Hunger in the news

A daily selection of news reports from the world's media dealing with hunger and responses to it.
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Hunger in the news
5 February 2009

Somali refugees put strain on camps in Kenya

A growing tide of Somalis fleeing conflict at home has led to overcrowding in refugee camps in neighboring Kenya and the United Nations does not expect the influx to ease soon, a U.N. official said. The Dadaab refugee camp in arid northern Kenya received 62,000 new arrivals from Somalia in 2008 compared with only 18,000 in the previous year, U.N. refugee agency UNHCR said. [...] Aid workers say Somalia's humanitarian crisis -- in which a third of the 10 million population needs food aid -- is the worst in the world.
Washington Post / Reuters
Hunger in the news
5 February 2009

What drives the Rohingya to sea?

[...] Northern Rakhine state is one of the poorest and most isolated in Burma. But the burdens imposed on the Rohingya [people] by Burma's military rulers make their situation a whole lot worse than other people living in the area. "Economic hardship and chronic poverty prevents many thousands of people in north Rakhine state from gaining food security," says Chris Kaye, the country director for the UN's World Food Programme who visited there two months ago. "Many do not have land rights or access to farmland to grow food, and the restrictions and limitations on the movement of people, goods and commodities places additional stress on people's livelihood opportunities."
BBC News
Hunger in the news
4 February 2009

Growing bananas on Ben Nevis

In the first of a new series of interviews on development, Anne Perkins asks Simon Maxwell, director of the Overseas Development Institute, what he thinks of the Guardian's Katine project.
The Guardian
Hunger in the news
4 February 2009

Abu Dhabi hosts first Global Aviation Safety Conference for Humanitarian Air Operations

The first Global Aviation Safety Conference for Humanitarian Air Operations will take place in Abu Dhabi on February 18-19, presented by the World Food Programme (WFP) and sponsored by Maximus Air Cargo, the UAE's specialist in delivering relief materials to disaster areas around the world. The conference will focus on aviation safety and the unique difficulties faced in transporting aid personnel and materials to sites that are often barely accessible.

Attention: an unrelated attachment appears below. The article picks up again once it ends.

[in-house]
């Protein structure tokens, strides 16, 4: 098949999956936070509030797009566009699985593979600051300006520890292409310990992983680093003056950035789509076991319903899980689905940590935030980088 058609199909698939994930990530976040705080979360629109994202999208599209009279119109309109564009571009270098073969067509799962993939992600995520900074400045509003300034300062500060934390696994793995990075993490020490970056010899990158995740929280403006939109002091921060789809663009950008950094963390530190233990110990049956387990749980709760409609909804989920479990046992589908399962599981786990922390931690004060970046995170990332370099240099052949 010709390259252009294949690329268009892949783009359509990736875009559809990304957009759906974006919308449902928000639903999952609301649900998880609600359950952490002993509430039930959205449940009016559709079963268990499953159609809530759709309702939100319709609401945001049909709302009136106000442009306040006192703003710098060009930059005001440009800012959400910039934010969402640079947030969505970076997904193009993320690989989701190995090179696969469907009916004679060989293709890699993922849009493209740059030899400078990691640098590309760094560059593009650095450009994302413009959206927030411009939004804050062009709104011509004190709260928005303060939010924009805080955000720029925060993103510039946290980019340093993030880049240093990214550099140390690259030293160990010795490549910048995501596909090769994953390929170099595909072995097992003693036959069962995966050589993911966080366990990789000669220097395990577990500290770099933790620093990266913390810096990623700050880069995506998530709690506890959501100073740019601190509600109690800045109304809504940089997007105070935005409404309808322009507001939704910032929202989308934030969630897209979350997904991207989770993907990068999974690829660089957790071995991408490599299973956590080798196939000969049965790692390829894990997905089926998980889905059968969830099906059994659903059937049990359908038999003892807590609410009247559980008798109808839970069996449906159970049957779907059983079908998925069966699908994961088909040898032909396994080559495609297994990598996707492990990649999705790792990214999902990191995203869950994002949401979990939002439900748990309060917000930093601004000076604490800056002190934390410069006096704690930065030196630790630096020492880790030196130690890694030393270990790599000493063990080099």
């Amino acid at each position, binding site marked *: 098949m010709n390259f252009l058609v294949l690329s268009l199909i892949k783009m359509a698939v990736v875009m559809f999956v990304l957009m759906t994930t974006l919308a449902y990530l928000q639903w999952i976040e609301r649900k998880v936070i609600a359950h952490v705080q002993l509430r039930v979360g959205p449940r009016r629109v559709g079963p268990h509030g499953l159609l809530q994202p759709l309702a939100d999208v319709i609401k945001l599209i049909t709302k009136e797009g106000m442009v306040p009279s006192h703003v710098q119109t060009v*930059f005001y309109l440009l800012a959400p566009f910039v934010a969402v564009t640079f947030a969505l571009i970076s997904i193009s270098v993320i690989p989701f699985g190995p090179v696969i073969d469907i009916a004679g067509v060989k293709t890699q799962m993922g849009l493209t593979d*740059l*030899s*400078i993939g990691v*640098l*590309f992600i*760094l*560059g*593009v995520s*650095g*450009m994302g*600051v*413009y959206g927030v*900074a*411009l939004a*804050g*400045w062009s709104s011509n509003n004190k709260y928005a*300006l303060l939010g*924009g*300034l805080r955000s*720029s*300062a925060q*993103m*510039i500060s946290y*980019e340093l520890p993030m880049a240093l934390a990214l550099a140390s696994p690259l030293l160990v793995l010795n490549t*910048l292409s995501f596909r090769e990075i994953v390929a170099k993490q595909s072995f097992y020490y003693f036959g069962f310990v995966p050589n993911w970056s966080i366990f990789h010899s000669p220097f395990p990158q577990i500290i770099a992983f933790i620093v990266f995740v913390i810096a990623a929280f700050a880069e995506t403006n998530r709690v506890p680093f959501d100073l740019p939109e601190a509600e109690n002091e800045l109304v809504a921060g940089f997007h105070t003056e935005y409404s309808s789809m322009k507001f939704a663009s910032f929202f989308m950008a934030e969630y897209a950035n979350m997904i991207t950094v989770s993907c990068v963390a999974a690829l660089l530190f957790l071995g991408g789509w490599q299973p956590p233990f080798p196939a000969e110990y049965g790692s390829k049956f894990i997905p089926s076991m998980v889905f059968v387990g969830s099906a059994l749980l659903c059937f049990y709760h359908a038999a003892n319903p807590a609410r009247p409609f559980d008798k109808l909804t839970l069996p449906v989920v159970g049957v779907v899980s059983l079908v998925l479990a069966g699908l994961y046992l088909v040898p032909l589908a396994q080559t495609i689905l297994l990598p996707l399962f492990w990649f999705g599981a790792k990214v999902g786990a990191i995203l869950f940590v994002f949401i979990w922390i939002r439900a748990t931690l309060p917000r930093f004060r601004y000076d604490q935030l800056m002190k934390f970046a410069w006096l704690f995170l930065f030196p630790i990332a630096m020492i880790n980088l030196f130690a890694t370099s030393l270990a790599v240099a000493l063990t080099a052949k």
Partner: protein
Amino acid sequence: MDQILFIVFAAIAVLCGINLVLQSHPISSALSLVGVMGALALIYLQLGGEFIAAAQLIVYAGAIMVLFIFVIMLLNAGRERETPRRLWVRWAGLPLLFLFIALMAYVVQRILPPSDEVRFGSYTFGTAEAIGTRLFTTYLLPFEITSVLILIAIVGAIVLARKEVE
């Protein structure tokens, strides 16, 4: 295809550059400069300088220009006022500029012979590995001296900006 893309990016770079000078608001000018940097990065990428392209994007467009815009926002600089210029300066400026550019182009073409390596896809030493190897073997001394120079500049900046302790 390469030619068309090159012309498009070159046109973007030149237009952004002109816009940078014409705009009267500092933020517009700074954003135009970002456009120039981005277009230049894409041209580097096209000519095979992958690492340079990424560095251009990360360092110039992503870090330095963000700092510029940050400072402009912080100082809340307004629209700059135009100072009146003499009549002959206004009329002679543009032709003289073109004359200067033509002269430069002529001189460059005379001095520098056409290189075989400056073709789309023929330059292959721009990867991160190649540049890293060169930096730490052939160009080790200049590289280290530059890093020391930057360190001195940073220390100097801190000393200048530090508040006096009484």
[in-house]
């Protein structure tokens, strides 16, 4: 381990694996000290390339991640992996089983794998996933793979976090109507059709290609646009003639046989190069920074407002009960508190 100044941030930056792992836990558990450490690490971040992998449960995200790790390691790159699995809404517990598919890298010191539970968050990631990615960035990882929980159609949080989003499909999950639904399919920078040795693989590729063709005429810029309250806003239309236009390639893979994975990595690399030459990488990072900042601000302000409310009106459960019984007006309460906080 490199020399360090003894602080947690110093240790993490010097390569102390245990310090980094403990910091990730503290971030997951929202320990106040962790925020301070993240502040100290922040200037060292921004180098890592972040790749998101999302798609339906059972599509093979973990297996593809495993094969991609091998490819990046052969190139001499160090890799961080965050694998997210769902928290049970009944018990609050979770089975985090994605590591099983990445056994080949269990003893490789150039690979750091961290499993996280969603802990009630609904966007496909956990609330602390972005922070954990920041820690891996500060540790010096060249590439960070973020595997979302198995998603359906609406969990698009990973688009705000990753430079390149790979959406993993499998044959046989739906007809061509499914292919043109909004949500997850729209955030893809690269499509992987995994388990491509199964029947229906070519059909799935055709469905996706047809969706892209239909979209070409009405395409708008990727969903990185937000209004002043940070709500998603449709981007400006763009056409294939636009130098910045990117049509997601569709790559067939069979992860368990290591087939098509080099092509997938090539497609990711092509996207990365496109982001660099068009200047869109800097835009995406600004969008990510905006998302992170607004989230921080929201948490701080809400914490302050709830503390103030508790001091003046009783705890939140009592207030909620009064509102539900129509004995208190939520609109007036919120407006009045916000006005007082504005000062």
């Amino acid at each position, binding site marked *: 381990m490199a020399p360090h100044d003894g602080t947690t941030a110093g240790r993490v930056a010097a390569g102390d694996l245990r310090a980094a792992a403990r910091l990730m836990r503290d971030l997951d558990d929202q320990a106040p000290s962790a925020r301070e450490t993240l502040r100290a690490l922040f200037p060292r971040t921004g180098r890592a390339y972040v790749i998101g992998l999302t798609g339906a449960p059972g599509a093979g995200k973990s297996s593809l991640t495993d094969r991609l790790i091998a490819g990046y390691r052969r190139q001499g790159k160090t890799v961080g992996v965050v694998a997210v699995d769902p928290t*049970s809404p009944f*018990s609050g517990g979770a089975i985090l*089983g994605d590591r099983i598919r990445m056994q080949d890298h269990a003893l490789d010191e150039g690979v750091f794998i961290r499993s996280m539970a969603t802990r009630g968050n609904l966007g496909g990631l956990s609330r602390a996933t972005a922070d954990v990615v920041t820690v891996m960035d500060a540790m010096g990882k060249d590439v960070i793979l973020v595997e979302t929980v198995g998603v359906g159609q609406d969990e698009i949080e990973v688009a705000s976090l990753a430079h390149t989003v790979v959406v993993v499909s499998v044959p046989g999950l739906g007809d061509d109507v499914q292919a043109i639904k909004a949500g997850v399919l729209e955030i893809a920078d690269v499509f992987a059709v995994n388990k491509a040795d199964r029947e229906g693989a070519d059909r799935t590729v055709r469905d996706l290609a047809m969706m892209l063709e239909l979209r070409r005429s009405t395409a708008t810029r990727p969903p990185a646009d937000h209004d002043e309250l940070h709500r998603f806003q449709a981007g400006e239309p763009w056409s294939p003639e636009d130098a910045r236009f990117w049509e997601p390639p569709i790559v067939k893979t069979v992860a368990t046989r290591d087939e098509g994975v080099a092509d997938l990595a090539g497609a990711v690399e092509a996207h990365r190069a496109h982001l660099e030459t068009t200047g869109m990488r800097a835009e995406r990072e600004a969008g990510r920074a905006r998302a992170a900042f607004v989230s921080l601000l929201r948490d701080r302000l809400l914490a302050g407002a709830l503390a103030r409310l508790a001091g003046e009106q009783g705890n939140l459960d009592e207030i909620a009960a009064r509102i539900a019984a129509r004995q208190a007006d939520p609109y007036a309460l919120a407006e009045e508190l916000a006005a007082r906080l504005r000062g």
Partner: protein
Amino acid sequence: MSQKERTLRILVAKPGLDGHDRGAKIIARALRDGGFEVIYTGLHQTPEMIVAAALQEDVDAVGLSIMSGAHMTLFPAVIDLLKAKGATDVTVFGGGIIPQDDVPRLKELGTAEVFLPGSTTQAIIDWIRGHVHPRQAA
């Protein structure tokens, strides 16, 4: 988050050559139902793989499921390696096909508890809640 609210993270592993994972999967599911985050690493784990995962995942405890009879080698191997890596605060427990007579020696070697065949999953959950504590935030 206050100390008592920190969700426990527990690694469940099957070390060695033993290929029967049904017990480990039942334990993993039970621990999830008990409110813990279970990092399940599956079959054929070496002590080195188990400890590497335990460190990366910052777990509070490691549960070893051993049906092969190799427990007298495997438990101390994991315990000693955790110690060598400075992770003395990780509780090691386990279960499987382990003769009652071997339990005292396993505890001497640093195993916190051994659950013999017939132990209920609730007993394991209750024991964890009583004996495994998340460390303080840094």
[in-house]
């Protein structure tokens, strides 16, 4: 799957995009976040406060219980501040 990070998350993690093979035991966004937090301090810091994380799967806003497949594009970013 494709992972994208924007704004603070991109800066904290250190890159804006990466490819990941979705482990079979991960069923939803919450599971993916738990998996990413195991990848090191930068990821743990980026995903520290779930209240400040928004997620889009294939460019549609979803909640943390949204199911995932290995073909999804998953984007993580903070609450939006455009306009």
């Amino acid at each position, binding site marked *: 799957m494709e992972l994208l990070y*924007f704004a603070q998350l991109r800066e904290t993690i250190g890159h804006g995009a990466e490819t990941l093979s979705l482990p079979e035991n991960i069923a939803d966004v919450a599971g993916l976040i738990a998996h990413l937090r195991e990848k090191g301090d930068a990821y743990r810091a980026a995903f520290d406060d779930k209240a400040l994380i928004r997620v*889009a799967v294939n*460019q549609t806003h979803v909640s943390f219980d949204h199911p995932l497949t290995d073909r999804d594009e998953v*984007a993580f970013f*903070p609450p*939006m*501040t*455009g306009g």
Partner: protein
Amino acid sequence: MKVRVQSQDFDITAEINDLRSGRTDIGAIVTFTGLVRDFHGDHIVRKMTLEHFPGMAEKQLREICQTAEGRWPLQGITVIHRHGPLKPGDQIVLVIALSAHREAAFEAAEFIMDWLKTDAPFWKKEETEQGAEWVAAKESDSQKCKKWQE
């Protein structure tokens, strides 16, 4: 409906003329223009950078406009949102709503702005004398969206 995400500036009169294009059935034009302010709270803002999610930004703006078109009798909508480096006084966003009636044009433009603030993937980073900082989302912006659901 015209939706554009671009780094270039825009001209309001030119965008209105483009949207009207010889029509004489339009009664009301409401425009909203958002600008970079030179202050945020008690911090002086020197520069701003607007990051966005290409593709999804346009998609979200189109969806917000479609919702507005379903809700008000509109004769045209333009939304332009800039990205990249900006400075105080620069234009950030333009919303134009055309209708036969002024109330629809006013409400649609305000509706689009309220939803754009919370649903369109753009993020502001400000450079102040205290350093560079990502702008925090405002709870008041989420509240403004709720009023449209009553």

Middle East Logistics
Hunger in the news
4 February 2009

Co-Chairs urge Tigers to disarm

The Co-Chairs of the Tokyo aid conference -Norway, Japan, the US and EU - yesterday called on the LTTE to lay down arms and discuss with the government the modalities of ending hostilities to avoid further civilian casualties. Jointly expressing their great concern about the plight of thousands of internally displaced persons trapped by fighting in northern Sri Lanka, the Co-Chairs called on the LTTE and the Government of Sri Lanka not to fire out of or into the no-fire zone established by the Government or in the vicinity of the Puthukudiruppu hospital (or any other medical structure), where more than 500 patients are receiving care and many hundreds more have sought refuge. They also call on both sides to allow food and medical assistance. [...]Minister Abeywardena charged that the LTTE continued to launch shell attacks into the no-war zone. He said the military had agreed to open the Oddusudan check point for the smooth flow of relief items, and this would help the World Food Programme to send essential items with the assistance of the UN. The government has a buffer stock of 8,000 tonnes of essential supplies in Vavuniya to be sent to the Wanni.
Daily Mirror
Hunger in the news
4 February 2009

Afghanistan a UN priority: chief